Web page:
The Bay Area is a hub of artistic expression, attracting artists, writers and musicians from around the globe to live, work and create. We highlight some of the offerings here.
• Shocking, salacious and full of fine singing: San Francisco Opera, sad to say, announced this week the cancellation of its fall season. But their ongoing Opera is ON digital project ventures bravely on with this weekend’s free streaming of Richard Strauss’ biblical-themed “Salome.” Their 2009 production starred German soprano Nadja Michael as the flame-haired temptress who writhes her way through the Dance of Seven Veils for her lustful step-pop Herod in order to get the captured Jokanaan (aka John the Baptist) decapitated and delivered, minus his body, to her on a silver platter. It’s all very revenge porn-driven and gross, but the music is as lush and sensuous as anything in the operatic repertoire. Bass-baritone Greer Grimsley is Jokanaan, and tenor Kim Begley sings the role of Herod. The 1-hour-50-minute opera, sung in German, streams at 10 a.m. on June 20 at sfopera.com and is available until midnight the following day.
• A Juneteenth play: Talk about an ambitious project, PlayGround, the Bay Area new stage works incubator, is teaming with Bay Area stage icon Aldo Billingslea, the nonprofit Planet Earth Arts, Lorraine Hansberry Theatre and 30 other Bay Area stage troupes to present a live-streamed Zoom reading of a brand new Black Lives Matter-themed play to celebrate Juneteenth and raise funds for African American theater projects across the country. The play is Vincent Terrell Durham’s “Polar Bears, Black Boys & Prairie Fringed Orchids,” which imagines an eventful meeting between a white liberal couple and Black Lives Matter activists. Actors from around the Bay Area and the country will take part in the reading, which will be streamed at 7 p.m. June 19 (Juneteenth). The presentation is free, but donations are welcome and will benefit Billingslea’s new Juneteenth Theatre Justice Project, which aims to assist black theater companies and address what organizers cite as “the systemic racism in the theater industry.” To access the play and learn more, go to https://playground-sf.org/Juneteenth/.
• A waterborne cellist: We can scarcely believe our eyes as we watch Stjepan Hauser, one-half (with Luka Šulić) of the world-renowned 2CELLOS ensemble, floating barefoot with his instrument on a wooden platform that is wending its way through the stunningly gorgeous waterfalls of his native Croatia’s Krka National Park. As luscious to look at as it is to listen to, this nearly 23-minute video concert features ultra romantic music by the likes of Rachmaninoff (the slow movement from his second piano concerto, transcribed, of course, for cello), Tchaikovsky (“Swan Lake” and “Nutcracker” excerpts) and others. It’s a part of the “Alone, Together” performance events Hauser has been posting to stream on his YouTube channel – a previous one was posted from Croatia’s Pula Arena amphitheater sans audience. Access the new post here: https://youtu.be/EejNUPl5bz0.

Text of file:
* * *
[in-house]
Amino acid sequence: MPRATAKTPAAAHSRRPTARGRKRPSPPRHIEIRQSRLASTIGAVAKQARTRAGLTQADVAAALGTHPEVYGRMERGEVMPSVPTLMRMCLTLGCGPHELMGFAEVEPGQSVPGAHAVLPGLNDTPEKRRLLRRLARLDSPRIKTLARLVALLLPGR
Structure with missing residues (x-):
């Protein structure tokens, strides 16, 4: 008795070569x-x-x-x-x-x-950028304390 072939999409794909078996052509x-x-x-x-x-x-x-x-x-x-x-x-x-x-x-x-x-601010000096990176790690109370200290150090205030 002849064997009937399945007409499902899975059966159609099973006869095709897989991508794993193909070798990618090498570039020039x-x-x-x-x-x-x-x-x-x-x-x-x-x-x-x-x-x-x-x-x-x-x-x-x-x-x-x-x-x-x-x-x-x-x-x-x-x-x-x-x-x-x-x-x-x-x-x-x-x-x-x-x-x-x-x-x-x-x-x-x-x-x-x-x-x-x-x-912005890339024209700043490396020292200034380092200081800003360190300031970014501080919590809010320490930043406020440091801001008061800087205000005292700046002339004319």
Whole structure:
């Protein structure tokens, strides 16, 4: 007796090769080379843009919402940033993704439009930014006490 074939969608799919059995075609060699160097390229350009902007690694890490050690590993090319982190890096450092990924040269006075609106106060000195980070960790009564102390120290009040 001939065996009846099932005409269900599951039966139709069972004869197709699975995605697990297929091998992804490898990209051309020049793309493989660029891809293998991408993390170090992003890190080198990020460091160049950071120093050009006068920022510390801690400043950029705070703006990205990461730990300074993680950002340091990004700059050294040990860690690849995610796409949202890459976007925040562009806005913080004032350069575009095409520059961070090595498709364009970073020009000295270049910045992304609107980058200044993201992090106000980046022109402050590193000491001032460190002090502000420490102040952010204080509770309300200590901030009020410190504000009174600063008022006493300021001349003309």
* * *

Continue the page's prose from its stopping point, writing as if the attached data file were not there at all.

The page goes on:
• A magic ‘Box’: Bay Area writer, stage performer and illusionist David Hirata has entertained audiences around the Bay Area with his theatrical magic show. He also debuted a controversial solo stage show at The Marsh in San Francisco last year that related the story of famed 19th-century Japanese magician Namigoro Sumidagawa, who toured America and became a celebrity, as well as a target for racial taunts and harassment. It was the play’s original title — “The Jap Box,” an actual term used by American detractors to describe one of Sumidagawa’s stage props — that drew the controversy. Hirata has retitled his solo show “A Box Without a Bottom” Visitors to The Marsh’s website can find a streaming version of the show available under the “Solo Performer Spotlight” heading; it’s among the wide variety of Marsh content you’ll find online. The show is free but donations are encouraged. Go to themarsh.org.
• An icon reopens: OK, this isn’t so much an arts event as a cultural milestone. But San Francisco’s legendary City Lights Bookstore — which survived an obscenity trial by selling Allen Ginsberg’s “Howl” in the 1950s, but was shuttered like most businesses due to the coronavirus pandemic — is back open. Yes, you must wear a mask and practice social distancing, and inside traffic will be kept to a limit, but the iconic 67-year-old store at Columbus and Broadway in the city’s North Beach neighborhood will admit patrons from noon-8 p.m. seven days a week. New to the store is a “Antiracist” section of fiction and nonfiction works responding to the country’s protests over racism and police brutality. The store will still serve those who are more comfortable ordering books by mail or for pickup — call 415-362-8193 or email firstname.lastname@example.org — and for now, City Lights literary events will still be of the streaming variety. More information is at www.citylights.com.